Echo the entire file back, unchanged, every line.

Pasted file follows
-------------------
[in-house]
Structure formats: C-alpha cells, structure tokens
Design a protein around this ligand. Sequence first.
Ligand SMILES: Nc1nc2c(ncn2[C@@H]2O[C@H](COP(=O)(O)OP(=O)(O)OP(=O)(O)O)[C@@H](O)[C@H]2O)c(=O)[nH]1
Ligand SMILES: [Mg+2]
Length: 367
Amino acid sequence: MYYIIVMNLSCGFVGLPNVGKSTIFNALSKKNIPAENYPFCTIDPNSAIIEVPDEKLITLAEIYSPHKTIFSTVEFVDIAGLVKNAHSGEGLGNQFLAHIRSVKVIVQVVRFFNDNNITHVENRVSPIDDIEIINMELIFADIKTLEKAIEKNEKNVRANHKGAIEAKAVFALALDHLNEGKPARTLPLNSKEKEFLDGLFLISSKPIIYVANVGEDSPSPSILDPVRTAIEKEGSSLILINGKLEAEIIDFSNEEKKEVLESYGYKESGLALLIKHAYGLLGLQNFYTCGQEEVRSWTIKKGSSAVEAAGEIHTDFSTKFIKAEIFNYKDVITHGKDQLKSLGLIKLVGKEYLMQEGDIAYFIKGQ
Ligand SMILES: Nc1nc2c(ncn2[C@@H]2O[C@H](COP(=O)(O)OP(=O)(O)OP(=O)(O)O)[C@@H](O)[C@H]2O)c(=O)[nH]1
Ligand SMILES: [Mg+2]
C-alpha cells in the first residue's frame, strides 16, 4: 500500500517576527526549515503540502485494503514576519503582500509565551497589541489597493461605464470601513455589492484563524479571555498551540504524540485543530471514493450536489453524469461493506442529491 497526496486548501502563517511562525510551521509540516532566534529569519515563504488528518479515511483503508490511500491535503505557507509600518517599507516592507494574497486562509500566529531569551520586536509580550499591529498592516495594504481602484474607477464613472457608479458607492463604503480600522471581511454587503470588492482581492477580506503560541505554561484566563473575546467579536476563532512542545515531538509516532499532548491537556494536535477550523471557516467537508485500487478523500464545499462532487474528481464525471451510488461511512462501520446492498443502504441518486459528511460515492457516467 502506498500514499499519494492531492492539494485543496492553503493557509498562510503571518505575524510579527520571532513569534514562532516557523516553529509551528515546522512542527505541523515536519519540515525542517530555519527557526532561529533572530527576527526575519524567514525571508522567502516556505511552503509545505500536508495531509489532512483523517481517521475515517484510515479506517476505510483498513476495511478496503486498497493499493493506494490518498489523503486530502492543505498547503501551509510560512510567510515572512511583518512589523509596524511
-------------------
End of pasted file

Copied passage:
[in-house]
Structure formats: C-alpha cells, structure tokens
Design a protein around this ligand. Sequence first.
Ligand SMILES: Nc1nc2c(ncn2[C@@H]2O[C@H](COP(=O)(O)OP(=O)(O)OP(=O)(O)O)[C@@H](O)[C@H]2O)c(=O)[nH]1
Ligand SMILES: [Mg+2]
Length: 367
Amino acid sequence: MYYIIVMNLSCGFVGLPNVGKSTIFNALSKKNIPAENYPFCTIDPNSAIIEVPDEKLITLAEIYSPHKTIFSTVEFVDIAGLVKNAHSGEGLGNQFLAHIRSVKVIVQVVRFFNDNNITHVENRVSPIDDIEIINMELIFADIKTLEKAIEKNEKNVRANHKGAIEAKAVFALALDHLNEGKPARTLPLNSKEKEFLDGLFLISSKPIIYVANVGEDSPSPSILDPVRTAIEKEGSSLILINGKLEAEIIDFSNEEKKEVLESYGYKESGLALLIKHAYGLLGLQNFYTCGQEEVRSWTIKKGSSAVEAAGEIHTDFSTKFIKAEIFNYKDVITHGKDQLKSLGLIKLVGKEYLMQEGDIAYFIKGQ
Ligand SMILES: Nc1nc2c(ncn2[C@@H]2O[C@H](COP(=O)(O)OP(=O)(O)OP(=O)(O)O)[C@@H](O)[C@H]2O)c(=O)[nH]1
Ligand SMILES: [Mg+2]
C-alpha cells in the first residue's frame, strides 16, 4: 500500500517576527526549515503540502485494503514576519503582500509565551497589541489597493461605464470601513455589492484563524479571555498551540504524540485543530471514493450536489453524469461493506442529491 497526496486548501502563517511562525510551521509540516532566534529569519515563504488528518479515511483503508490511500491535503505557507509600518517599507516592507494574497486562509500566529531569551520586536509580550499591529498592516495594504481602484474607477464613472457608479458607492463604503480600522471581511454587503470588492482581492477580506503560541505554561484566563473575546467579536476563532512542545515531538509516532499532548491537556494536535477550523471557516467537508485500487478523500464545499462532487474528481464525471451510488461511512462501520446492498443502504441518486459528511460515492457516467 502506498500514499499519494492531492492539494485543496492553503493557509498562510503571518505575524510579527520571532513569534514562532516557523516553529509551528515546522512542527505541523515536519519540515525542517530555519527557526532561529533572530527576527526575519524567514525571508522567502516556505511552503509545505500536508495531509489532512483523517481517521475515517484510515479506517476505510483498513476495511478496503486498497493499493493506494490518498489523503486530502492543505498547503501551509510560512510567510515572512511583518512589523509596524511